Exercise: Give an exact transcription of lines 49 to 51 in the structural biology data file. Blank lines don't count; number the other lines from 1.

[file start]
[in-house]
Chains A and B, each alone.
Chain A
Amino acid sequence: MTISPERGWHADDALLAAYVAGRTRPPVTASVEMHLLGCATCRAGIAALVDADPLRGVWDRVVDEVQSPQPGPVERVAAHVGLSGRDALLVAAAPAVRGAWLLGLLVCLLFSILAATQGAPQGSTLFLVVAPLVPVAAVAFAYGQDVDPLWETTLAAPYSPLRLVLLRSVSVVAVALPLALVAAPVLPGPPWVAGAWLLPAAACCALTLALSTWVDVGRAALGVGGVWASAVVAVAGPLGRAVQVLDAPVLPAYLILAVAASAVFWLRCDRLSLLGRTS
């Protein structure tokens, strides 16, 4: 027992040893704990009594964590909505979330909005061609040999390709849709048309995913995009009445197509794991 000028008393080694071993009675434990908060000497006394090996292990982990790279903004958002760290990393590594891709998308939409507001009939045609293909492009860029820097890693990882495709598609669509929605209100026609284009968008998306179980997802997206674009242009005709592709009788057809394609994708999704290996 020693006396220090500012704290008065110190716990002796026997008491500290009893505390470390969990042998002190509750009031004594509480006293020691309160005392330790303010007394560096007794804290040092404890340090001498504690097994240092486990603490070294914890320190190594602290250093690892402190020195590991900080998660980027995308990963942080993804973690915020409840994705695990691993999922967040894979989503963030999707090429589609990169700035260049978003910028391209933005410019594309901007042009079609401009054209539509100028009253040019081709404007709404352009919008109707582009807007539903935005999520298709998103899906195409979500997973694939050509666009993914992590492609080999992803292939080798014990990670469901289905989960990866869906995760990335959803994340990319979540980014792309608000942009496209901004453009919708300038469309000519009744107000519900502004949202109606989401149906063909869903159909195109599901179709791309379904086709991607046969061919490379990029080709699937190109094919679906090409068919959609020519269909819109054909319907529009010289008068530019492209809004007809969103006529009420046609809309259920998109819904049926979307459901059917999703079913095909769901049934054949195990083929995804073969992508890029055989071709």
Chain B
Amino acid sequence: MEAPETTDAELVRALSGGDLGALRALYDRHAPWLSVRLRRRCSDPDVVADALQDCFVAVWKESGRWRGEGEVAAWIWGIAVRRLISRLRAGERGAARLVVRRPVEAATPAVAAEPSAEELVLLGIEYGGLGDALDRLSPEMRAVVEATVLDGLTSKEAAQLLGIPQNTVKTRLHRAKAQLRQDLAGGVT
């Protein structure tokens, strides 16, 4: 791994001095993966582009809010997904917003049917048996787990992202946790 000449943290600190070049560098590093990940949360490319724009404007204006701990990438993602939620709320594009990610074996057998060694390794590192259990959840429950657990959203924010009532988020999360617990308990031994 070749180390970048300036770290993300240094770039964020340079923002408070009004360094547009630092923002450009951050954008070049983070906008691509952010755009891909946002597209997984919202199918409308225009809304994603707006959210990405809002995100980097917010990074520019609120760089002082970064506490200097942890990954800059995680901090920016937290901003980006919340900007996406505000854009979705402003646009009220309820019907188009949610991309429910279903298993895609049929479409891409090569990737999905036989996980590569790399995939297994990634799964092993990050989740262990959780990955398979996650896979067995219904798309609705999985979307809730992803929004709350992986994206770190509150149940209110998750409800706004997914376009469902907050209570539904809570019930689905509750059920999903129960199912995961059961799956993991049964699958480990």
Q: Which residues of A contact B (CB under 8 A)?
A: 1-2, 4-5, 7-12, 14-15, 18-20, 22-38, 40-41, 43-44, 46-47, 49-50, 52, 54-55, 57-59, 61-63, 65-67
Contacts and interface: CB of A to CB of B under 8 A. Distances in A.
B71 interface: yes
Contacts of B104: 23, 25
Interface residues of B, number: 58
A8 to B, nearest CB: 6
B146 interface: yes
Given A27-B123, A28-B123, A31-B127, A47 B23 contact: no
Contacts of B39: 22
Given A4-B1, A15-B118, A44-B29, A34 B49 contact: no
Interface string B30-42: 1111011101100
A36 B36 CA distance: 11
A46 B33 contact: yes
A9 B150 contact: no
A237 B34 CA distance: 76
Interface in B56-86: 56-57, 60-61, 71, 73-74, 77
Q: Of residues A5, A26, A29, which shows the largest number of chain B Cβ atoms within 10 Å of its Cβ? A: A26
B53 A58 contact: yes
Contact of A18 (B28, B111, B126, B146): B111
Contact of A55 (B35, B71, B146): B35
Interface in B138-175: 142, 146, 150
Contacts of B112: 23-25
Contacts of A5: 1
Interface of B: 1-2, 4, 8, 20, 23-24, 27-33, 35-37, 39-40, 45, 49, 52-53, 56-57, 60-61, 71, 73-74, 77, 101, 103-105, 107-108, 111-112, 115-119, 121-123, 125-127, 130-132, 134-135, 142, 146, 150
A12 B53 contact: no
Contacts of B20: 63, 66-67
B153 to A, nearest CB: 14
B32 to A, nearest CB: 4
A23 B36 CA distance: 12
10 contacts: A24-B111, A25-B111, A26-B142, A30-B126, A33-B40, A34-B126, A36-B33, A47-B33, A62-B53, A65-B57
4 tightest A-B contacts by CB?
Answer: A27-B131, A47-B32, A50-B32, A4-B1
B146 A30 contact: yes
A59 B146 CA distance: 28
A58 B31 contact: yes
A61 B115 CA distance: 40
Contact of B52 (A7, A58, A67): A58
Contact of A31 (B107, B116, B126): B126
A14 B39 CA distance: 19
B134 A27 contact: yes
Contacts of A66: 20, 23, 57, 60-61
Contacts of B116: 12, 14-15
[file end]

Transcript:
B134 A27 contact: yes
Contacts of A66: 20, 23, 57, 60-61
Contacts of B116: 12, 14-15